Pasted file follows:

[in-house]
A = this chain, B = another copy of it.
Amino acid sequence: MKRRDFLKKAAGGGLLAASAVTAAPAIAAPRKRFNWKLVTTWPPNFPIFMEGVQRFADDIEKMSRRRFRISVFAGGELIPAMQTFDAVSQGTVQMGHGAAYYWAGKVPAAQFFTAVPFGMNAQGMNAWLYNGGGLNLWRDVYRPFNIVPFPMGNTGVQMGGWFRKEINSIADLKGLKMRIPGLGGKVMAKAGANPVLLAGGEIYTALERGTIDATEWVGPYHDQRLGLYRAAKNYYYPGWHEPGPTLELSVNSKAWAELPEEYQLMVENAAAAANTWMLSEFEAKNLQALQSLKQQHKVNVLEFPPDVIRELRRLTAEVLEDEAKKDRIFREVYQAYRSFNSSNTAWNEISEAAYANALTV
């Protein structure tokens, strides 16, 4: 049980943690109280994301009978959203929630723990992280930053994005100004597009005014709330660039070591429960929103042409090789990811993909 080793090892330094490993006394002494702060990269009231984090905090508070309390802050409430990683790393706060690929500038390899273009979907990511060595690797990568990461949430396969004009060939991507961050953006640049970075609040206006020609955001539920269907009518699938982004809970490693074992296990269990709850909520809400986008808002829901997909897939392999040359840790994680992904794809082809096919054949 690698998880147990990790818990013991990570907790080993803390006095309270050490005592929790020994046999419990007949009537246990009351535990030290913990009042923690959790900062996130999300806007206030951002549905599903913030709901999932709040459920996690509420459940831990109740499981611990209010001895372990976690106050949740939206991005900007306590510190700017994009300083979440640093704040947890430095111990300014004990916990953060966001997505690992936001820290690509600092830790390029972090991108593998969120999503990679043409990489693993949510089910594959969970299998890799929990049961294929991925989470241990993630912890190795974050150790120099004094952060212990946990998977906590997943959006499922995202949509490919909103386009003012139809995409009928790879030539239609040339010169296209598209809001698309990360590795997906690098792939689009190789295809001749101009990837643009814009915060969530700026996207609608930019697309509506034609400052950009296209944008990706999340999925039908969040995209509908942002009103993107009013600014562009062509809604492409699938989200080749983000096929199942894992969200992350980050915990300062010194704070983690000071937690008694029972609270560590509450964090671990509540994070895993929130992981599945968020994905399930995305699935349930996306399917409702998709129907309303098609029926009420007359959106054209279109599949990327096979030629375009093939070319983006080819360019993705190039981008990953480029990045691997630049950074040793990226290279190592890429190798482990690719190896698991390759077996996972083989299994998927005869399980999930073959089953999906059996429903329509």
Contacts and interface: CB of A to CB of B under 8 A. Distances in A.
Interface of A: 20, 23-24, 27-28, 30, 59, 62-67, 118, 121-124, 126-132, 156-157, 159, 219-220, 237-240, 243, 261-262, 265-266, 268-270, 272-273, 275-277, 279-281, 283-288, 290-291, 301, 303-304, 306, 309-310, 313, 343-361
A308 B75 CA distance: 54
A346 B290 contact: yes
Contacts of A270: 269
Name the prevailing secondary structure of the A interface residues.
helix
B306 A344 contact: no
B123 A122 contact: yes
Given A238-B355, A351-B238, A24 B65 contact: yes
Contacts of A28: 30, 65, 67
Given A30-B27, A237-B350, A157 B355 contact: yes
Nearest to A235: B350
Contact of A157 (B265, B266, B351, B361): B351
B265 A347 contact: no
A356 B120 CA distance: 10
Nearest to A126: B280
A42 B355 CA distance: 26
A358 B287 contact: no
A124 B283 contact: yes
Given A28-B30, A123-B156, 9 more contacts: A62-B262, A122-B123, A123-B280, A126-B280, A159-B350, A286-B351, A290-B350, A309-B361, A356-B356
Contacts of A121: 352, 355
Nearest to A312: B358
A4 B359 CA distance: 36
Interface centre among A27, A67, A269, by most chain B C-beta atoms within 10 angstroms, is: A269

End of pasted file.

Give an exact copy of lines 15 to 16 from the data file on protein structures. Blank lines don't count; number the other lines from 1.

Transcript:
Contacts of A28: 30, 65, 67
Given A30-B27, A237-B350, A157 B355 contact: yes